"It was [originally] a placeholder," said N.O.R.E of the infectious catchphrase. "So, I get out of the booth like, 'Erase that.' I went and got lunch. I kept hearing, 'What what what' still in there. I remember telling, Pharrell, 'We need a hook.' [Pharrell] said, 'I got a hook.' In the final mix, what’s still there? My whats!"

"I’m like, 'They’re gonna laugh at me.' Pharrell says, 'All the way to the bank.'"

N.O.R.E. Introduces Fans to Regggaeton / The "P.A.P.I." Era

After dropping another solo project on Penalty (Melvin Flynt – Da Hustler), N.O.R.E. moved on and signed with Def Jam. With a bigger budget and platform, he released his third solo album, God's Favorite in 2002. The collection boasts two top 10 rap hits "Nothin'" and "Grimey" both produced by the Neptunes.

In 2006, N.O.R.E reinvented himself again and embraced his Latino roots With N.O.R.E. y la Familia...Ya Tú Sabe, which introduced audiences to reggaeton. The veteran rapper enlisted some of Latin music's biggest stars for the project including Don Omar, Ivy Queen, Yaga & Mackie and others. The song “Oye Mi Canto,” featuring Daddy Yankee, Nina Sky, Gem Star and Big Mato, was one of the biggest singles of 2006.

Watch N.O.R.E.'s "Oye Mi Canto" Featuring Daddy Yankee and Nina Sky

In 2013, N.O.R.E. changed his name to P.A.P.I. during the release of his new album Student of the Game, which features street banger "Tadow" featuring Pusha T, French Montana and 2 Chainz.

"P.A.P.I. has always been my nickname in my hood," said N.O.R.E. of the name change in an interview with HipHopDX. "I wasn’t used to people who don’t know me, whoever didn’t go to school (with me would be) calling me 'P.A.P.I.' When I did get used to it, I was like, 'You know what?' It did feel more natural, it felt more realistic and more natural than even N.O.R.E. did, even though I’ve been called 'N.O.R.E.' for 15, 16 years."

Drink Champs Podcast and 5E

In 2016, while N.O.R.E was taking a hiatus from rap, he was introduced to a new medium called podcasting. By this time, the market was oversaturated with hip-hop-based podcasts but he has managed to carve a niche with his successful Drink Champs podcast by inviting his famous friends to his show and share some wild stories in the rap game. One of his many breakout moments on the podcast was his interview with Fat Joe. It was on his show that he reportedly helped Joey Crack squash his 20-year beef with JAY-Z. Their communion resulted Hov dropping a surprise verse on Fat Joe and Remy Ma's remix of “All The Way Up."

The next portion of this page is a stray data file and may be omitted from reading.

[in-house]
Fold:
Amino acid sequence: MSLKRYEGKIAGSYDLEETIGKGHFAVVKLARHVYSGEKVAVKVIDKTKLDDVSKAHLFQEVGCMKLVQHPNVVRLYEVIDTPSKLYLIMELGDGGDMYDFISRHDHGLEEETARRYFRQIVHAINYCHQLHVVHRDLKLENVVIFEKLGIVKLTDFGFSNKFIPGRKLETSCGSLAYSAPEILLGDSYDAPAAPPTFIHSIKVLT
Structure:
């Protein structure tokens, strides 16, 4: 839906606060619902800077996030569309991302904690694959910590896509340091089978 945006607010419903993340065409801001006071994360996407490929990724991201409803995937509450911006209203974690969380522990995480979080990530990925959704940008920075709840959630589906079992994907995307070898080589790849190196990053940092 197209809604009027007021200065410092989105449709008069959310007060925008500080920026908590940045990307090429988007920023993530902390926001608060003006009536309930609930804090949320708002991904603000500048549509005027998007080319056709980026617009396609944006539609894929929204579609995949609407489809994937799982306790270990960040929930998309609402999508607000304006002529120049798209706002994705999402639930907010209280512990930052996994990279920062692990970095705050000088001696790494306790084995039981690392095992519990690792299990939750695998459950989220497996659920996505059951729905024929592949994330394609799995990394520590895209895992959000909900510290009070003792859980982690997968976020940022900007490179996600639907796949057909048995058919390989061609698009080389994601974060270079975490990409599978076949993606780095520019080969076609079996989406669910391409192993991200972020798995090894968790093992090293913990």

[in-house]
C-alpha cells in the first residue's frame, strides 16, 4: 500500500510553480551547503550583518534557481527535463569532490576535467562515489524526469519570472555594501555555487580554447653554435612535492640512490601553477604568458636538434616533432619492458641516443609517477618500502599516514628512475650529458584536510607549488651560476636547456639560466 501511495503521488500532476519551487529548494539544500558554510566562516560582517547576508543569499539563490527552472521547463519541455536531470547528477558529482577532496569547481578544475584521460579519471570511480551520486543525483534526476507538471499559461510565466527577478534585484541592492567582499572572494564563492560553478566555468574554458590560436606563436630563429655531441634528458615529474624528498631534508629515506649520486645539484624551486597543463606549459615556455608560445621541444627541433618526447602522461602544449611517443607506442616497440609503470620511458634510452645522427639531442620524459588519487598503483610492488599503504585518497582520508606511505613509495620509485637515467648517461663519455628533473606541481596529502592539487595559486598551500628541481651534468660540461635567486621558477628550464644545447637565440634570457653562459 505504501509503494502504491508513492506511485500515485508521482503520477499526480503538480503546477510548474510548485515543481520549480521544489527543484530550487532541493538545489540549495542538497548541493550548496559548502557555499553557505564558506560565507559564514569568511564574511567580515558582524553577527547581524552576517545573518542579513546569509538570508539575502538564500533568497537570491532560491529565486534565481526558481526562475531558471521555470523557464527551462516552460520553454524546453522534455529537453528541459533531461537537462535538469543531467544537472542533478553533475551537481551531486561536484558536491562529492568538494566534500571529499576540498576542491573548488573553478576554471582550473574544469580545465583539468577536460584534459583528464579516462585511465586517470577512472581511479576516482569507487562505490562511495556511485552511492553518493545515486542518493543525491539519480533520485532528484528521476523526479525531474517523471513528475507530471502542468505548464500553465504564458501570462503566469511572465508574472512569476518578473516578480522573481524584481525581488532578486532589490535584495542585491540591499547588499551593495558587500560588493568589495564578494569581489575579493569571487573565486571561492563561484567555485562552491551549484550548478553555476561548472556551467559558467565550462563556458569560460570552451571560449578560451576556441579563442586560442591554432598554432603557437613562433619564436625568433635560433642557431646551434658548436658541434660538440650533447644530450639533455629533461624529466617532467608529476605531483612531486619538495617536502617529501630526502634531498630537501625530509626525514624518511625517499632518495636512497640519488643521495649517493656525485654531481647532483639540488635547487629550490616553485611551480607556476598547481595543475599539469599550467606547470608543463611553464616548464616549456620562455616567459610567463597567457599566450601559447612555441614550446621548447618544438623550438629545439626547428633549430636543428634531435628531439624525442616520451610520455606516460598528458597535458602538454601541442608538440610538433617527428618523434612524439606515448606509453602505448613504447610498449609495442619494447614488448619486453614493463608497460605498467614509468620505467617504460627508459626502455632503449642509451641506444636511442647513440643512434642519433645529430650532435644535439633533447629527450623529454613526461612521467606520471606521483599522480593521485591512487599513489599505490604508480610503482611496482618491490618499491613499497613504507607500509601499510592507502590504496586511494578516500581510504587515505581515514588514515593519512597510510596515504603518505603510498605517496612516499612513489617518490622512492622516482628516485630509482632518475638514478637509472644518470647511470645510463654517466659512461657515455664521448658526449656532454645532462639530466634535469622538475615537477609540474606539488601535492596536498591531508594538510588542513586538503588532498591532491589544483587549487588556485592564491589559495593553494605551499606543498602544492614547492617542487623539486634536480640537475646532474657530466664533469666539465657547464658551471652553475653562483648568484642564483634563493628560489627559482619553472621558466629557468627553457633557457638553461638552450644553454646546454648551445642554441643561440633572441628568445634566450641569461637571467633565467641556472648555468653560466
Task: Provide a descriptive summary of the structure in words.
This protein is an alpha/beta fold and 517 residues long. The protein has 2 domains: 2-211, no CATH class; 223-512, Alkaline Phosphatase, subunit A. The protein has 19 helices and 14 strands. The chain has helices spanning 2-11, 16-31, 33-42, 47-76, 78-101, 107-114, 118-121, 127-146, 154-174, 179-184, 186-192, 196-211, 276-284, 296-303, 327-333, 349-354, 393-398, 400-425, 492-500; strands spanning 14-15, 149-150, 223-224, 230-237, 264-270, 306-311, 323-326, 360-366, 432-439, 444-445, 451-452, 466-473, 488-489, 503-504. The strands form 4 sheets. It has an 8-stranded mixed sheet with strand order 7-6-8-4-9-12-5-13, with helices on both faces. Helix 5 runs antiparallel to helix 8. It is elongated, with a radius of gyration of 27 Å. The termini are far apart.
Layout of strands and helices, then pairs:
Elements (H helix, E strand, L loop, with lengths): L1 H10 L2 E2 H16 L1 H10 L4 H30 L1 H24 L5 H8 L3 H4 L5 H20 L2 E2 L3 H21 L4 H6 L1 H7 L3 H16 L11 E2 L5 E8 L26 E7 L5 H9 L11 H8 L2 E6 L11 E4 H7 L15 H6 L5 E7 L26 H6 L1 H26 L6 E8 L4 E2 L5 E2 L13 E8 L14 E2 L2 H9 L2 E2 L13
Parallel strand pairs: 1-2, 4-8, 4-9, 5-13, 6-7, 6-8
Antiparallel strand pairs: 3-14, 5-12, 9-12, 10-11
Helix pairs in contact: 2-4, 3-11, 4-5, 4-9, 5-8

"I got to thank Fat Joe. We didn’t know what the f--- we were doing," said N.O.R.E. in a 2016 XXL interview. "We’re mad professional now. You’ll be impressed. But our first [episode], we didn’t know s---."

"Podcast is going to be like rap, everybody raps. It’s a chance for a young Black man to come out and be somebody," he continued. "That’s now podcasting. Now if you want to build an audience, you don’t have to be with no network. You can upload it yourself on SoundCloud and iTunes and Spotify. This is the next wave for young people from the ghetto to be bosses. It’s just been phenomenal for me to being able to win being myself. I’m blessed, man."

Along with his Drink Champs podcast and his foodie show On the Run Eatin' on Complex, N.O.R.E. caught the rapping bug again after witnessing the phenomenal five-album G.O.O.D. Music rollout from Kanye West back in June. He was equally impressed with Pusha T's DAYTONA album.

"That hunger in Pusha’s voice. Then Yeezy, then [Kid] Cudi...then Teyana [Taylor] released," he said. "The kid in me was seeing everyone in the playground. Everybody [was] getting dirty, and I got on white clothes. This guy goes and gets dirty. Then, this guy goes and gets dirty. I wanted to get dirty!"

N.O.R.E. doesn't get dirty, but he does get grimey (all puns intended) on his latest album, 5E. The veteran rapper enlisted his friends on several tracks including Fabolous on the booming "Big Chain," Fat Joe on the gritty track "Bendicion" and on the boastful "Don't Know." Elsewhere, N.O.R.E reflects on his 20-year rap career on "Let Me Be Great" and on the Pharrell-produced "Uno Mas."

"This album in particular, I was inspired. I was focused. I ain’t making old-guy music. I’m making music," he told Billboard. "Will it cater to an older guy? Probably. But if you’re a young dude getting money and you like beautiful women and you like wearing jewelry and you like wearing good watches and good cars...this is motivation."

Watch N.O.R.E.'s Video for "Don't Know" feat. Fat Joe